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dc.contributor.authorNegami, Hanna 17:58:04 (GMT) 17:58:04 (GMT)
dc.description.abstractThe purpose of the present work was to investigate whether religious monumental architecture facilitates religious feeling by inducing a sense of awe. In order to elucidate how church interiors elicit awe and otherwise shape affective and cognitive processes, we developed a rating scale for the measurement of physical properties of interior spaces in order to determine which architectural properties in an interior space can predict a sense of awe (Experiment 1). By having participants rate affective response to a set of images pre-rated on architectural properties, we were able to establish a predictive relationship between architectural properties and elicited emotion. Properties reflecting immensity and adornment significantly predicted a feeling of awe. The results from Experiment 1 guided the selection of stimuli for Experiment 2, in which we explored the effects of visually priming participants with photographs of high and low awe-inducing architectural interiors on time perception and spirituality, as well as the effects of priming participants with photographs of religious and non-religious building interiors on participant religiousness. Feeling awe led to a greater overestimation of time in a time-estimation task, and religious priming through photographs of church interiors rated low in properties of immensity and adornment led to an increase in religious feeling. This work establishes an initial understanding of cognitive processes underlying affective and social responses to the environmental cues of church interiors.en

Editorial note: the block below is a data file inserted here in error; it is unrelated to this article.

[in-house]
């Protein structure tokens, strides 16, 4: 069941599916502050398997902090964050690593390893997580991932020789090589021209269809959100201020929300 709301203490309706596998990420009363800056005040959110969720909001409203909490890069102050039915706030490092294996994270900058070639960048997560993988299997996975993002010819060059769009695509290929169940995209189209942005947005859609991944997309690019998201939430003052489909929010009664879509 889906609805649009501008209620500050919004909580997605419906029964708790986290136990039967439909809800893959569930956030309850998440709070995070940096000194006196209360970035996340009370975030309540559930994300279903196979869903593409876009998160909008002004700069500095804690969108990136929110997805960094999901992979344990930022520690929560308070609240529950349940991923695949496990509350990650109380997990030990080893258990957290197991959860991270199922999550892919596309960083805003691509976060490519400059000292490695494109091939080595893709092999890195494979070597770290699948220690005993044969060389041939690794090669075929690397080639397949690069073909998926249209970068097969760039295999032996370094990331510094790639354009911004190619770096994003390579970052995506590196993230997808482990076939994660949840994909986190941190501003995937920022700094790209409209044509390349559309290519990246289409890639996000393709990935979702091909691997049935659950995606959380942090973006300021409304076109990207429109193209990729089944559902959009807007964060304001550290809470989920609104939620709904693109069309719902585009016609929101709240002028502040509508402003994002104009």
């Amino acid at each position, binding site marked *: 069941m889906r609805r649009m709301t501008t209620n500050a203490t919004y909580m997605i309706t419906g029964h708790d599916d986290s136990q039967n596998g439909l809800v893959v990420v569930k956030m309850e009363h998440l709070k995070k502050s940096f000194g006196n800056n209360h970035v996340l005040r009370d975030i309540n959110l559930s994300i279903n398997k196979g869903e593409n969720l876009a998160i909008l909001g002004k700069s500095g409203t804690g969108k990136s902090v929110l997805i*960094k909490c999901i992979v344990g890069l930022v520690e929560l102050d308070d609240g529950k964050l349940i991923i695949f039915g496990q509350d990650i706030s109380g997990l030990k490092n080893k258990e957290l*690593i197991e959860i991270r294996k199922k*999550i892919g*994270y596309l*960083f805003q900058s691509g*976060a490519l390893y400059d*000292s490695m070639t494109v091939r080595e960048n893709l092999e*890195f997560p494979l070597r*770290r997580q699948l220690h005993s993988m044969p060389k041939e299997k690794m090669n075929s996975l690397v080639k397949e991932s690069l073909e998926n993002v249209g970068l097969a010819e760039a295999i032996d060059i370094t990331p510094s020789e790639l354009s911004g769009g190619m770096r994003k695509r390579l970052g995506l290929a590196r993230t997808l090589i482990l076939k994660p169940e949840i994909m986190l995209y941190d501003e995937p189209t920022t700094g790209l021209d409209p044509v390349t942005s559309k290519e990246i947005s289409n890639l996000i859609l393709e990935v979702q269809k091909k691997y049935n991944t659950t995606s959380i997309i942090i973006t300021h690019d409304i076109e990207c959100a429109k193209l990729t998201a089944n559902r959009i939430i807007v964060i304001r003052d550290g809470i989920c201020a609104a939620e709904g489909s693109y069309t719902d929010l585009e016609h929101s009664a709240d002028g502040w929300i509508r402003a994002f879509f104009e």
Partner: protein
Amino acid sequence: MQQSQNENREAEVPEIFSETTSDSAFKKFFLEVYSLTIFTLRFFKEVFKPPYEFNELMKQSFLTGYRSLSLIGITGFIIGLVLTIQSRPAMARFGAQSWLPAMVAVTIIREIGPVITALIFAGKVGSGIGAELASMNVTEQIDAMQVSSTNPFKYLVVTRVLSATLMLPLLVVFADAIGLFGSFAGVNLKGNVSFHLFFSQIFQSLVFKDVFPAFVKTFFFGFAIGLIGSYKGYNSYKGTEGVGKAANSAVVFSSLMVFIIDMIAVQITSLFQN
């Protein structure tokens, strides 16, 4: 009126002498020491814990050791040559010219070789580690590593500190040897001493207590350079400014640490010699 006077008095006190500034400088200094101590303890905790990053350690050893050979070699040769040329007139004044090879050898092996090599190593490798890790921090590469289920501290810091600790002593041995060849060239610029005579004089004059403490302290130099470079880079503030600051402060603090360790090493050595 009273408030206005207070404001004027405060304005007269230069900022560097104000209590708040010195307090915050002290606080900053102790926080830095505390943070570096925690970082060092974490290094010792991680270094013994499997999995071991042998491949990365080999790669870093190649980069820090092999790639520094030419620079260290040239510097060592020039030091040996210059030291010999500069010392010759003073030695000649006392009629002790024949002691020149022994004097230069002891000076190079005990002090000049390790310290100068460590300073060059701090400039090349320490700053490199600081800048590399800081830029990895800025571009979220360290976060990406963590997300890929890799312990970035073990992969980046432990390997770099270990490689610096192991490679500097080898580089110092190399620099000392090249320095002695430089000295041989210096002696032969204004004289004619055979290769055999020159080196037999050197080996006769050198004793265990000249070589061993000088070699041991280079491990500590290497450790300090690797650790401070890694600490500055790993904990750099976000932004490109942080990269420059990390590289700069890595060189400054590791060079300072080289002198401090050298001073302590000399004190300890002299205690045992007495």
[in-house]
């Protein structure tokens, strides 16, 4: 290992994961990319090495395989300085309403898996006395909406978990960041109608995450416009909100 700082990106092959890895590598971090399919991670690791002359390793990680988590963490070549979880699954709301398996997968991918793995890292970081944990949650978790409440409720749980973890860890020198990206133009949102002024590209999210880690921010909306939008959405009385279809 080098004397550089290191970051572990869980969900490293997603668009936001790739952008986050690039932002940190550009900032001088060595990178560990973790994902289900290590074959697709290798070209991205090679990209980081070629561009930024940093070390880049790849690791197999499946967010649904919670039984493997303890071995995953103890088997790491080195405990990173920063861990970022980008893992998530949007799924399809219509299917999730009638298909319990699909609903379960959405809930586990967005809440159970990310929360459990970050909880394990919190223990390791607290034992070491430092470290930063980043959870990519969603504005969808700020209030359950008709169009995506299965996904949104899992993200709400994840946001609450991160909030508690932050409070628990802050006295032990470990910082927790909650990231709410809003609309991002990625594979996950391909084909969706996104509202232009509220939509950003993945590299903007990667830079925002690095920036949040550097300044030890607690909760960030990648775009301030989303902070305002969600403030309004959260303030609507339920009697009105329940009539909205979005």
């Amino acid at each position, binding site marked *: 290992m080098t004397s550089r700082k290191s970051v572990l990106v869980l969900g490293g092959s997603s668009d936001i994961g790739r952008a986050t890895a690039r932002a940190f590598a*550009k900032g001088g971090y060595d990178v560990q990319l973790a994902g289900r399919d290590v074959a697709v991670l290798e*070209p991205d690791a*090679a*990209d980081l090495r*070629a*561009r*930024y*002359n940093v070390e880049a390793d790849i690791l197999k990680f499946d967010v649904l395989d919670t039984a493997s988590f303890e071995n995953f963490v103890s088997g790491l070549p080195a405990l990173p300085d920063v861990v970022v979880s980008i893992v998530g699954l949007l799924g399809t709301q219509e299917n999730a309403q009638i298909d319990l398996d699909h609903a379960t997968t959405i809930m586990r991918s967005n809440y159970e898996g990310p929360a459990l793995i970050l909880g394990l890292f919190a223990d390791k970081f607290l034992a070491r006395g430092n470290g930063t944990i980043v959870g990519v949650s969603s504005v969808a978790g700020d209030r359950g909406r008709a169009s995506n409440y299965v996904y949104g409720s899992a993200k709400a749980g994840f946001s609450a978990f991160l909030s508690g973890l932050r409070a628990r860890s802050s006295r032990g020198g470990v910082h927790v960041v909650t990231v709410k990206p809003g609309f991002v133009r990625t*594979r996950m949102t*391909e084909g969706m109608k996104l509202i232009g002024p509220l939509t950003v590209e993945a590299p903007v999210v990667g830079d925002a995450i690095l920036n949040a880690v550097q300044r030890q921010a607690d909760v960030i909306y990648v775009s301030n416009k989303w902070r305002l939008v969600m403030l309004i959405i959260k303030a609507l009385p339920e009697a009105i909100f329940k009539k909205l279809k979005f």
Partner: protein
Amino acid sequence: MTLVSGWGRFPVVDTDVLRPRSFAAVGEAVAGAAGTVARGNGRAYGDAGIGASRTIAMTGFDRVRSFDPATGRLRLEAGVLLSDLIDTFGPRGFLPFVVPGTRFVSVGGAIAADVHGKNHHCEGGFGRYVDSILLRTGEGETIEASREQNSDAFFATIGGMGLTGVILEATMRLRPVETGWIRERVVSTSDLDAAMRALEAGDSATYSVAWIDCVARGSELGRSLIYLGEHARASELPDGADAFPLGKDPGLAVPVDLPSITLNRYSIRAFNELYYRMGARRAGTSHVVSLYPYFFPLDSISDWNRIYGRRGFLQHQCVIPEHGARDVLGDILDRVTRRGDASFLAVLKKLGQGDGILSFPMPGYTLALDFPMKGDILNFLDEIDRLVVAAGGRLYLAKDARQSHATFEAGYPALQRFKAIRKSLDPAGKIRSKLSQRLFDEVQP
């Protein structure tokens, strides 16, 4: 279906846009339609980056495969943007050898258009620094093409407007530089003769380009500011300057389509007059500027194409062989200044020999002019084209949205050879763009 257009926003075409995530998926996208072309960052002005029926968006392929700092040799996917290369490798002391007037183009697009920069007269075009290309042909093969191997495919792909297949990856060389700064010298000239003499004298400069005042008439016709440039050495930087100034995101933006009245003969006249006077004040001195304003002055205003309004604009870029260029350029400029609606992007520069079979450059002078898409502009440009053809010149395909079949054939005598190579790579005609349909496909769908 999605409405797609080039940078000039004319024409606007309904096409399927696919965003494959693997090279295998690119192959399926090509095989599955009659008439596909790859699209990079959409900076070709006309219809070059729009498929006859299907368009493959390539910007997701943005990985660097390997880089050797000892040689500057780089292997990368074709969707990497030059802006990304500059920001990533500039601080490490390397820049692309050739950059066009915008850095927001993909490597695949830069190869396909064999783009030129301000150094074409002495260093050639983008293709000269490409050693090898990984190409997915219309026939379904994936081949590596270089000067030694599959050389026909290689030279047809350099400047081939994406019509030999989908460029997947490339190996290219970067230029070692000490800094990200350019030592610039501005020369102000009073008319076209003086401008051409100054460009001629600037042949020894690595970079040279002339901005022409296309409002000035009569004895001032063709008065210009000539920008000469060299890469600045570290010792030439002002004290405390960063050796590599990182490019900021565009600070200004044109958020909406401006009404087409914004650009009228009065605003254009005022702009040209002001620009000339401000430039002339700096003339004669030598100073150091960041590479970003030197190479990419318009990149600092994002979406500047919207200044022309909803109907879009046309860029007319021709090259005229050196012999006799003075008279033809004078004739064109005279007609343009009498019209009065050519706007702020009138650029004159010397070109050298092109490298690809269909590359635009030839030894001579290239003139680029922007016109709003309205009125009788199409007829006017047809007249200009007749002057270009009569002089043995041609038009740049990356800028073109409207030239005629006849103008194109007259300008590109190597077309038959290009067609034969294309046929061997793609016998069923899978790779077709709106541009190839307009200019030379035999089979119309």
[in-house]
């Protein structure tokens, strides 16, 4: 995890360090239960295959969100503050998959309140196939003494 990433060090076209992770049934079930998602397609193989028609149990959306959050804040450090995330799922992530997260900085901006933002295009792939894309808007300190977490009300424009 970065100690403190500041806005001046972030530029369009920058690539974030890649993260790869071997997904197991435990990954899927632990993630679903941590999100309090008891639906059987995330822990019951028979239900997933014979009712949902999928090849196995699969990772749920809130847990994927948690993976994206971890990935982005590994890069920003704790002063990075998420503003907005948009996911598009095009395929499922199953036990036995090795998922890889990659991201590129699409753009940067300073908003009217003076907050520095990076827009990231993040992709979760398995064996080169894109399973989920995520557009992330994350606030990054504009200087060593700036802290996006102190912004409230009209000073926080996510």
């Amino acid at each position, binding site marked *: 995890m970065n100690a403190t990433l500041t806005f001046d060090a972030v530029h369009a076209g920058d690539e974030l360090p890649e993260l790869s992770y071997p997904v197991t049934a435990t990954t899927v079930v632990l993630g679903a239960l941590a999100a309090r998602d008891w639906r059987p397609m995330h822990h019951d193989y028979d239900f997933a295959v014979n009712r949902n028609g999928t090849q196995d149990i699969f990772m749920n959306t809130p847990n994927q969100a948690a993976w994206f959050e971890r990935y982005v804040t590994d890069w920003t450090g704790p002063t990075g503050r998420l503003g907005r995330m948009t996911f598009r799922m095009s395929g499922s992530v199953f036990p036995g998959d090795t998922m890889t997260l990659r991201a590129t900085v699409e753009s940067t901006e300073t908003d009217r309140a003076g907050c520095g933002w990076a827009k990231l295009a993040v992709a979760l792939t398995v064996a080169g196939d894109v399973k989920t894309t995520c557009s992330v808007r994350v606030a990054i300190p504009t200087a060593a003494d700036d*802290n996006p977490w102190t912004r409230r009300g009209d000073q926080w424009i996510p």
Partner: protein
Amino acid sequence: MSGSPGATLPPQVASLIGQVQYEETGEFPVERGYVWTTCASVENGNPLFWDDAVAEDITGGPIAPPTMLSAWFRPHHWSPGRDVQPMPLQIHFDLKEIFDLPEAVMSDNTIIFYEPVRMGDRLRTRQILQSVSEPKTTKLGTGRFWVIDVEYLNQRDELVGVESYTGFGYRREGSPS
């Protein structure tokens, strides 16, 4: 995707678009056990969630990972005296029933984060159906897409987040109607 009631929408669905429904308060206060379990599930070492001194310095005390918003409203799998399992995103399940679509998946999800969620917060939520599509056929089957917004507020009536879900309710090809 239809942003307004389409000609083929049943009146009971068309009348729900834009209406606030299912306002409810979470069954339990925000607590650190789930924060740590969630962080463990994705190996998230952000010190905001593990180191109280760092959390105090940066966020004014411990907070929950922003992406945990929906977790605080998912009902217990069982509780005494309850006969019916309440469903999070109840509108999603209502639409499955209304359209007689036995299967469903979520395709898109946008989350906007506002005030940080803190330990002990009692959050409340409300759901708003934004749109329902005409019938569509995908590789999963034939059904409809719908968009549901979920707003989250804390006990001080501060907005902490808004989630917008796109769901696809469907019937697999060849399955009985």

dc.publisherUniversity of Waterlooen
dc.titleAwe-Inducing Interior Space: Architectural Causes and Cognitive Effectsen
dc.typeMaster Thesisen
dc.pendingfalse of Waterlooen
uws-etd.degreeMaster of Artsen
uws.contributor.advisorEllard, Colin
uws.contributor.affiliation1Faculty of Artsen

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